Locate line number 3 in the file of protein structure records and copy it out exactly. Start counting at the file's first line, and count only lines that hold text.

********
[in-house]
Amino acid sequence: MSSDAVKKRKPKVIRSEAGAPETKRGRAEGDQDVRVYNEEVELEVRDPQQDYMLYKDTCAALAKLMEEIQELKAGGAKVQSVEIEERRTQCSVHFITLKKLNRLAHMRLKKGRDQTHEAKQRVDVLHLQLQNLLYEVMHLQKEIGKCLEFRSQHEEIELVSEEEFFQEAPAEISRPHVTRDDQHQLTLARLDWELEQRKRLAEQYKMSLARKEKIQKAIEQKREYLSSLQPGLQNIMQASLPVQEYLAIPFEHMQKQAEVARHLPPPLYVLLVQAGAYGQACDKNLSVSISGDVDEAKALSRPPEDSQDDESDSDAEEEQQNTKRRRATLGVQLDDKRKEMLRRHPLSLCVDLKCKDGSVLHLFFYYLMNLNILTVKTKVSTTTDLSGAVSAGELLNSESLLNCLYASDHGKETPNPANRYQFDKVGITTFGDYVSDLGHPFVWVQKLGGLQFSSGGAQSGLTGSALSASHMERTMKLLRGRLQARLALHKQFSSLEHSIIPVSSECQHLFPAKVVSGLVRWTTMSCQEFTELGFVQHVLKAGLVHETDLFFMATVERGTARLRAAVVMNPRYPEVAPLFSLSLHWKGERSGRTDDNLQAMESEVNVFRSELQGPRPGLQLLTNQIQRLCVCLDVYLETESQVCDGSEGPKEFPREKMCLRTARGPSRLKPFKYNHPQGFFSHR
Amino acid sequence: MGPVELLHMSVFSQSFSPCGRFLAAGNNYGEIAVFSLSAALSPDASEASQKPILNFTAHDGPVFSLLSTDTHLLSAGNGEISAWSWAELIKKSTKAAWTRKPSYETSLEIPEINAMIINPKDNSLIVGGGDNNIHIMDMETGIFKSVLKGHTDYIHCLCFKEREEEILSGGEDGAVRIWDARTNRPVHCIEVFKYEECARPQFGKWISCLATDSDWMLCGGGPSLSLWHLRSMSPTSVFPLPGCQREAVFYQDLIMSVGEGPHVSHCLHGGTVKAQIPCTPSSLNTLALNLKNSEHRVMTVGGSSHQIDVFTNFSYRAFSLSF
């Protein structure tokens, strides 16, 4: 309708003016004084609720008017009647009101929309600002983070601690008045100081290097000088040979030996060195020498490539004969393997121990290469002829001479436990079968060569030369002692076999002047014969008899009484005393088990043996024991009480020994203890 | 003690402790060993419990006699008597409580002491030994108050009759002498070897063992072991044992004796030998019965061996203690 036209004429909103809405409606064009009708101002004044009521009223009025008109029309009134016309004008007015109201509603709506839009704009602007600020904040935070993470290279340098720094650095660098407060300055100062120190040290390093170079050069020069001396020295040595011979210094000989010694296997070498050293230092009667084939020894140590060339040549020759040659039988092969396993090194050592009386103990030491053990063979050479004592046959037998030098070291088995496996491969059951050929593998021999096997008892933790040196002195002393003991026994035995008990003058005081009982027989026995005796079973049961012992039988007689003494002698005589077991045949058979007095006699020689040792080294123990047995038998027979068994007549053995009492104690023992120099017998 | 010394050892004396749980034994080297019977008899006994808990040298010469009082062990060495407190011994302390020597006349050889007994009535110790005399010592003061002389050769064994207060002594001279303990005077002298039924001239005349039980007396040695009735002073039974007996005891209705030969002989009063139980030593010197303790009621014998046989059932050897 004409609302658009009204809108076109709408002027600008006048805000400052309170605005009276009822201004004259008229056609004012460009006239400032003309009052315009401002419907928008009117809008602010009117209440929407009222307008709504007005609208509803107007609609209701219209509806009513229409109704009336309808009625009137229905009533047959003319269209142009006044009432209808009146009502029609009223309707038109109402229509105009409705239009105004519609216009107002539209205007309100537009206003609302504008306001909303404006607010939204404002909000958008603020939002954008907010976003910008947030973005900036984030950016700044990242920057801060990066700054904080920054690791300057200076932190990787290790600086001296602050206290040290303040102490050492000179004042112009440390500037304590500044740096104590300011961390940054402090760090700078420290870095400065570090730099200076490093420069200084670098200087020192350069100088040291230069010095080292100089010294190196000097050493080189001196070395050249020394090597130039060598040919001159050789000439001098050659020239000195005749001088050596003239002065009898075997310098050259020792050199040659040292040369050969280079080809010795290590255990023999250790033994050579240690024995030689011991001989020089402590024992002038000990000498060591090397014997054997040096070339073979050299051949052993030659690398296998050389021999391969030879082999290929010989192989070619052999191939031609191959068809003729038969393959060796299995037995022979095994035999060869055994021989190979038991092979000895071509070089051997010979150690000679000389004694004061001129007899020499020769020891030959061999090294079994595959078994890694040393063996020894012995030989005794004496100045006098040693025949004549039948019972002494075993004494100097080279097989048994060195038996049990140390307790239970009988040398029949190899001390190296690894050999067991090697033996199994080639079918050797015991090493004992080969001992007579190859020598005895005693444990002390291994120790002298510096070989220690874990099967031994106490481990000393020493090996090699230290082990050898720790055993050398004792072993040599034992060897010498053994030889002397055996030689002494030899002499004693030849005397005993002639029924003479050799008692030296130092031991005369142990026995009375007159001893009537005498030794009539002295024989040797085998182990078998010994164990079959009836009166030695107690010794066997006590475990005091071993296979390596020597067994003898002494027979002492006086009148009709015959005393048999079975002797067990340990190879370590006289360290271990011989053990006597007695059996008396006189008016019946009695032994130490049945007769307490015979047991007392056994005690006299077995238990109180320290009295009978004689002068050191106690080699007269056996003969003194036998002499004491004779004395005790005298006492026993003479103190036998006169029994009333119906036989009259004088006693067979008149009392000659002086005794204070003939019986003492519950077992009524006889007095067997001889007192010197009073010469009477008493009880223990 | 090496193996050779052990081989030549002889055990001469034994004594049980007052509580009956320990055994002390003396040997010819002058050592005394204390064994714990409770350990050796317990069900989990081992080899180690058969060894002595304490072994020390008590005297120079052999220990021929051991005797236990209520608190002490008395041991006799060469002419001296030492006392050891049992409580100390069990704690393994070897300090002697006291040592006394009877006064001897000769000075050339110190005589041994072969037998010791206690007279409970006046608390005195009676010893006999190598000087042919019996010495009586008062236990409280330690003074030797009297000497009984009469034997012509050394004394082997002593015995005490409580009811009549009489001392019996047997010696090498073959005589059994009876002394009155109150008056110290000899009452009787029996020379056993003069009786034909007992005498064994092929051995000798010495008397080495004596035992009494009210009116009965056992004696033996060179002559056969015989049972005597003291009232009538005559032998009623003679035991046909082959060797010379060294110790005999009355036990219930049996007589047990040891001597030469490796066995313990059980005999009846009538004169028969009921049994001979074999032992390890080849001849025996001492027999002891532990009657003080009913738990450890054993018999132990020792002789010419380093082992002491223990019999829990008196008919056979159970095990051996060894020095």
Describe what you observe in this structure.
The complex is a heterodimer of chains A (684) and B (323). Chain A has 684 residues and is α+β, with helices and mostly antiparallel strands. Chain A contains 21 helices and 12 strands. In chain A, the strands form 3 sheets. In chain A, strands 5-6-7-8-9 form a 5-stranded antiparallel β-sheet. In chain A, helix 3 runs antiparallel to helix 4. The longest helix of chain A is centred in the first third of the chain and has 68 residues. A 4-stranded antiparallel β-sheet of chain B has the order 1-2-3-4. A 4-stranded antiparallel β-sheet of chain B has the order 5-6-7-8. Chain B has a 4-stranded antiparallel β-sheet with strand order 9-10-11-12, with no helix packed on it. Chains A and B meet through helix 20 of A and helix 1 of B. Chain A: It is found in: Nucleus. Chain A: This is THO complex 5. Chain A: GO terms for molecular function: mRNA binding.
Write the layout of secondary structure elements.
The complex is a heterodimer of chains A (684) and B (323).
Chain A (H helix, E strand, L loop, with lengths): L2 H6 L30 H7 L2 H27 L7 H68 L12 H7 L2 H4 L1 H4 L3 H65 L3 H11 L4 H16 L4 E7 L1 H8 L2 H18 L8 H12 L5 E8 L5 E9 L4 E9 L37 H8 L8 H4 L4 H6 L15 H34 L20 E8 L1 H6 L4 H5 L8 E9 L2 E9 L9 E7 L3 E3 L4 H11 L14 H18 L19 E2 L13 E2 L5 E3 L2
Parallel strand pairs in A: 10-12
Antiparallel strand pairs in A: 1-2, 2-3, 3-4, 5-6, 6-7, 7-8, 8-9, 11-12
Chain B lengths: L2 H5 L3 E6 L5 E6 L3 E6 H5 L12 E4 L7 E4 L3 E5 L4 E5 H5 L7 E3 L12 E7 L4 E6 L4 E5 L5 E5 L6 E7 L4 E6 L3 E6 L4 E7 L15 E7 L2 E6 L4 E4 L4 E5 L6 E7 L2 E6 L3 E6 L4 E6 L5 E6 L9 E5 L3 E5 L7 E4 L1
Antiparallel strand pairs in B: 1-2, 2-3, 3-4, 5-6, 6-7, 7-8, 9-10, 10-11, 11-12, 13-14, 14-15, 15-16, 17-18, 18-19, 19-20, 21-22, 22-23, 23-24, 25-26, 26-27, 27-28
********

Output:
Amino acid sequence: MGPVELLHMSVFSQSFSPCGRFLAAGNNYGEIAVFSLSAALSPDASEASQKPILNFTAHDGPVFSLLSTDTHLLSAGNGEISAWSWAELIKKSTKAAWTRKPSYETSLEIPEINAMIINPKDNSLIVGGGDNNIHIMDMETGIFKSVLKGHTDYIHCLCFKEREEEILSGGEDGAVRIWDARTNRPVHCIEVFKYEECARPQFGKWISCLATDSDWMLCGGGPSLSLWHLRSMSPTSVFPLPGCQREAVFYQDLIMSVGEGPHVSHCLHGGTVKAQIPCTPSSLNTLALNLKNSEHRVMTVGGSSHQIDVFTNFSYRAFSLSF